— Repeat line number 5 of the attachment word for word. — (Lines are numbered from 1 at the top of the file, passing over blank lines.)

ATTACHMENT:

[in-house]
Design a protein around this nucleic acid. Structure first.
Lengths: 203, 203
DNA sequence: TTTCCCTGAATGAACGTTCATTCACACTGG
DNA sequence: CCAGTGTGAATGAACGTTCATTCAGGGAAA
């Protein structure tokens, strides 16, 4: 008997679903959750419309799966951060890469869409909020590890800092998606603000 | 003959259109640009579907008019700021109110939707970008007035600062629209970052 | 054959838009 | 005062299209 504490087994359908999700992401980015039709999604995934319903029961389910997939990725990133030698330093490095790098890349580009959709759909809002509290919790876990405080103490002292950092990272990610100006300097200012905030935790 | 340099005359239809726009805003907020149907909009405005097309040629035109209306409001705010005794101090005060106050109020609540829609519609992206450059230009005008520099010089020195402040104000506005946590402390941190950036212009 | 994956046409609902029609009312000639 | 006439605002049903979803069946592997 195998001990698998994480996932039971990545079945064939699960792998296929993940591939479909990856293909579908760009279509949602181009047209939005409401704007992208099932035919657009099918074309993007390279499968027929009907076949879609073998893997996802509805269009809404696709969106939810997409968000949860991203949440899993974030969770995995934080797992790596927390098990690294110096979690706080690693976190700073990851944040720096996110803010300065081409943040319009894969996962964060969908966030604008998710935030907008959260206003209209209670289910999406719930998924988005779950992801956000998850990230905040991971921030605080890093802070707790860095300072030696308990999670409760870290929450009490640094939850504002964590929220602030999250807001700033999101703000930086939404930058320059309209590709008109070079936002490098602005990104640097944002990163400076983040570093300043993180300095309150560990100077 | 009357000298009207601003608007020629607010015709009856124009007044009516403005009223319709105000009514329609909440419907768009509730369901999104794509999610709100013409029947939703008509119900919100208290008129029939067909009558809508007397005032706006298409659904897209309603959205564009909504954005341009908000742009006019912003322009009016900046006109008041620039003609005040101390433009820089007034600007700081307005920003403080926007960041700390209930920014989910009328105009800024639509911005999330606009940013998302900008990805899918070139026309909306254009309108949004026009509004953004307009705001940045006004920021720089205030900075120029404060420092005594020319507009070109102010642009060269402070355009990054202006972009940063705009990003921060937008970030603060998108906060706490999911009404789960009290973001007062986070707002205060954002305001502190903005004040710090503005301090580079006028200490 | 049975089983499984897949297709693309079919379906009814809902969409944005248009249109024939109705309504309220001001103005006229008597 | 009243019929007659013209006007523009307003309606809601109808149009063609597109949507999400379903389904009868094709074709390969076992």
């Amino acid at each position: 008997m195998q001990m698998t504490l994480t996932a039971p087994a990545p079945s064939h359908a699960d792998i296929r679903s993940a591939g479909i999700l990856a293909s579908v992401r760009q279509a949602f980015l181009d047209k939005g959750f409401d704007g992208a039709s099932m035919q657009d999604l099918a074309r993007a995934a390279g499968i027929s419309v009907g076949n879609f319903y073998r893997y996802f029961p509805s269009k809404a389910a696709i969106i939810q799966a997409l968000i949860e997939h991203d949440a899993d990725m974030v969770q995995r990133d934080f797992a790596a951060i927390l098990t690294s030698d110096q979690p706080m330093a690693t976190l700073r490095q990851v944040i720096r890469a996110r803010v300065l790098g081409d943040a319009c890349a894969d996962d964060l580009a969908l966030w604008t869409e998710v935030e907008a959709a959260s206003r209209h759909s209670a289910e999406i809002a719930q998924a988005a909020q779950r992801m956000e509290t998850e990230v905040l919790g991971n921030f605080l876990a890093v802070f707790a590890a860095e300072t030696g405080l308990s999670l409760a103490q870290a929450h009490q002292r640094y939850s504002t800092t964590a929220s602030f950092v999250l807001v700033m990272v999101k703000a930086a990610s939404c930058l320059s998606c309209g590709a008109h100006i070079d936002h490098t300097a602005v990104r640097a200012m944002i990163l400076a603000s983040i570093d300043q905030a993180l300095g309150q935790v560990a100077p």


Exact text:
DNA sequence: CCAGTGTGAATGAACGTTCATTCAGGGAAA